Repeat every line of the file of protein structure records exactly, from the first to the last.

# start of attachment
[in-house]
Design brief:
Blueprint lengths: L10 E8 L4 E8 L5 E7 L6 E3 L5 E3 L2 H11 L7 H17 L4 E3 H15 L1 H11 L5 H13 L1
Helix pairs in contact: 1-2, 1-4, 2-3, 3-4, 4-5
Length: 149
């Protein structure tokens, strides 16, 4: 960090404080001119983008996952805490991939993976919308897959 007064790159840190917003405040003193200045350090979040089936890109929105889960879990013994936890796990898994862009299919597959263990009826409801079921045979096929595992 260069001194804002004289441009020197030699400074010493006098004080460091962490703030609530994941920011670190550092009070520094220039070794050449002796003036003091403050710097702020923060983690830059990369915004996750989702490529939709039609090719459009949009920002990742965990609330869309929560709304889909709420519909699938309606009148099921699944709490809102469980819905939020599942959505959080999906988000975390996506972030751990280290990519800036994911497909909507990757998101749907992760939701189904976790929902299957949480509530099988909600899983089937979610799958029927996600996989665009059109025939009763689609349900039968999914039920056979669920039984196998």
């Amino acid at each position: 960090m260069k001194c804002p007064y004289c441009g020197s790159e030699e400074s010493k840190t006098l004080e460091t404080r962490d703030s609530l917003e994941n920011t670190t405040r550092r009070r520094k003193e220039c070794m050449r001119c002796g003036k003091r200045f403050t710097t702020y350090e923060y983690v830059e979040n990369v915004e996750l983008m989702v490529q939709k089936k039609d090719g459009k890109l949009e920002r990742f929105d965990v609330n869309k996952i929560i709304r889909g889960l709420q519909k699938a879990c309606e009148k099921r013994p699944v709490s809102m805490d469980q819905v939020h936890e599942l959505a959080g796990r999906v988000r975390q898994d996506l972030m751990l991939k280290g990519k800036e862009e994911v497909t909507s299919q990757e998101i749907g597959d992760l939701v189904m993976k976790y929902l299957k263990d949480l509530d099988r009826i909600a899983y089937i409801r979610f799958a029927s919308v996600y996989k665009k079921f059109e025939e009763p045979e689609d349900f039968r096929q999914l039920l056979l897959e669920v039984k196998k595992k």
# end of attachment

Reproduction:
[in-house]
Design brief:
Blueprint lengths: L10 E8 L4 E8 L5 E7 L6 E3 L5 E3 L2 H11 L7 H17 L4 E3 H15 L1 H11 L5 H13 L1
Helix pairs in contact: 1-2, 1-4, 2-3, 3-4, 4-5
Length: 149
């Protein structure tokens, strides 16, 4: 960090404080001119983008996952805490991939993976919308897959 007064790159840190917003405040003193200045350090979040089936890109929105889960879990013994936890796990898994862009299919597959263990009826409801079921045979096929595992 260069001194804002004289441009020197030699400074010493006098004080460091962490703030609530994941920011670190550092009070520094220039070794050449002796003036003091403050710097702020923060983690830059990369915004996750989702490529939709039609090719459009949009920002990742965990609330869309929560709304889909709420519909699938309606009148099921699944709490809102469980819905939020599942959505959080999906988000975390996506972030751990280290990519800036994911497909909507990757998101749907992760939701189904976790929902299957949480509530099988909600899983089937979610799958029927996600996989665009059109025939009763689609349900039968999914039920056979669920039984196998």
């Amino acid at each position: 960090m260069k001194c804002p007064y004289c441009g020197s790159e030699e400074s010493k840190t006098l004080e460091t404080r962490d703030s609530l917003e994941n920011t670190t405040r550092r009070r520094k003193e220039c070794m050449r001119c002796g003036k003091r200045f403050t710097t702020y350090e923060y983690v830059e979040n990369v915004e996750l983008m989702v490529q939709k089936k039609d090719g459009k890109l949009e920002r990742f929105d965990v609330n869309k996952i929560i709304r889909g889960l709420q519909k699938a879990c309606e009148k099921r013994p699944v709490s809102m805490d469980q819905v939020h936890e599942l959505a959080g796990r999906v988000r975390q898994d996506l972030m751990l991939k280290g990519k800036e862009e994911v497909t909507s299919q990757e998101i749907g597959d992760l939701v189904m993976k976790y929902l299957k263990d949480l509530d099988r009826i909600a899983y089937i409801r979610f799958a029927s919308v996600y996989k665009k079921f059109e025939e009763p045979e689609d349900f039968r096929q999914l039920l056979l897959e669920v039984k196998k595992k």